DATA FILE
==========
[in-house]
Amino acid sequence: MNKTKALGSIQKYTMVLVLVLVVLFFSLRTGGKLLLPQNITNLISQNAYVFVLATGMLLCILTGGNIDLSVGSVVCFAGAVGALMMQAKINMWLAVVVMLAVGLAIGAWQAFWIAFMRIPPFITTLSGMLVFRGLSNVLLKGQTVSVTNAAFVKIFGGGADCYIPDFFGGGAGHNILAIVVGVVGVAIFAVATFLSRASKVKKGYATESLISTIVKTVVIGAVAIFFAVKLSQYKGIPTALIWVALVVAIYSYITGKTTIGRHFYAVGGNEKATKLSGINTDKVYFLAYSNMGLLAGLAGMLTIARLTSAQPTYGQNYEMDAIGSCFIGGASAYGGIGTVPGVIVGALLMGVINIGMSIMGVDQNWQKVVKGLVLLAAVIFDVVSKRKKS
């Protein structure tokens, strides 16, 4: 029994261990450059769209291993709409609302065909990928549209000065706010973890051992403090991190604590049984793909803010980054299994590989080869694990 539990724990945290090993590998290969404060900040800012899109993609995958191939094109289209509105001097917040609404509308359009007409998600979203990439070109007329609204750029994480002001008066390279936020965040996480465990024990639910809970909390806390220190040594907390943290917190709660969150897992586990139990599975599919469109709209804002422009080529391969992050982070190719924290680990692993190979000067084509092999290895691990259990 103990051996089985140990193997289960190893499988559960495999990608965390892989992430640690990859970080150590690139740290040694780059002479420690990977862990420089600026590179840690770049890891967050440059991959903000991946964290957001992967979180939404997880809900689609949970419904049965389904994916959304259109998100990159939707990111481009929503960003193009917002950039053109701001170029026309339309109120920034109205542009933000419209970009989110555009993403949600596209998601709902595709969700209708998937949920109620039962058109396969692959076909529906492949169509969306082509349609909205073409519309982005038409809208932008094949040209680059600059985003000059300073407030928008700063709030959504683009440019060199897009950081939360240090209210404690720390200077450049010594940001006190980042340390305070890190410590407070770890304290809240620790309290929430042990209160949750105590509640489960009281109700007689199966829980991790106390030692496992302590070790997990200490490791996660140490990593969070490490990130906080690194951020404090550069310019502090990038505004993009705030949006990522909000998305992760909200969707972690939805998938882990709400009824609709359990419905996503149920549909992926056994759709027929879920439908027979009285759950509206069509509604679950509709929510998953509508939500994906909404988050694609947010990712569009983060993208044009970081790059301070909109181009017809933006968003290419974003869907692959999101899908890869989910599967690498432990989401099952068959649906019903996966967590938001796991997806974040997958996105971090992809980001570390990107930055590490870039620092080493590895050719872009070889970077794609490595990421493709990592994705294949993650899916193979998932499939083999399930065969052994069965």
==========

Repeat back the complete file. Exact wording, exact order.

[in-house]
Amino acid sequence: MNKTKALGSIQKYTMVLVLVLVVLFFSLRTGGKLLLPQNITNLISQNAYVFVLATGMLLCILTGGNIDLSVGSVVCFAGAVGALMMQAKINMWLAVVVMLAVGLAIGAWQAFWIAFMRIPPFITTLSGMLVFRGLSNVLLKGQTVSVTNAAFVKIFGGGADCYIPDFFGGGAGHNILAIVVGVVGVAIFAVATFLSRASKVKKGYATESLISTIVKTVVIGAVAIFFAVKLSQYKGIPTALIWVALVVAIYSYITGKTTIGRHFYAVGGNEKATKLSGINTDKVYFLAYSNMGLLAGLAGMLTIARLTSAQPTYGQNYEMDAIGSCFIGGASAYGGIGTVPGVIVGALLMGVINIGMSIMGVDQNWQKVVKGLVLLAAVIFDVVSKRKKS
């Protein structure tokens, strides 16, 4: 029994261990450059769209291993709409609302065909990928549209000065706010973890051992403090991190604590049984793909803010980054299994590989080869694990 539990724990945290090993590998290969404060900040800012899109993609995958191939094109289209509105001097917040609404509308359009007409998600979203990439070109007329609204750029994480002001008066390279936020965040996480465990024990639910809970909390806390220190040594907390943290917190709660969150897992586990139990599975599919469109709209804002422009080529391969992050982070190719924290680990692993190979000067084509092999290895691990259990 103990051996089985140990193997289960190893499988559960495999990608965390892989992430640690990859970080150590690139740290040694780059002479420690990977862990420089600026590179840690770049890891967050440059991959903000991946964290957001992967979180939404997880809900689609949970419904049965389904994916959304259109998100990159939707990111481009929503960003193009917002950039053109701001170029026309339309109120920034109205542009933000419209970009989110555009993403949600596209998601709902595709969700209708998937949920109620039962058109396969692959076909529906492949169509969306082509349609909205073409519309982005038409809208932008094949040209680059600059985003000059300073407030928008700063709030959504683009440019060199897009950081939360240090209210404690720390200077450049010594940001006190980042340390305070890190410590407070770890304290809240620790309290929430042990209160949750105590509640489960009281109700007689199966829980991790106390030692496992302590070790997990200490490791996660140490990593969070490490990130906080690194951020404090550069310019502090990038505004993009705030949006990522909000998305992760909200969707972690939805998938882990709400009824609709359990419905996503149920549909992926056994759709027929879920439908027979009285759950509206069509509604679950509709929510998953509508939500994906909404988050694609947010990712569009983060993208044009970081790059301070909109181009017809933006968003290419974003869907692959999101899908890869989910599967690498432990989401099952068959649906019903996966967590938001796991997806974040997958996105971090992809980001570390990107930055590490870039620092080493590895050719872009070889970077794609490595990421493709990592994705294949993650899916193979998932499939083999399930065969052994069965």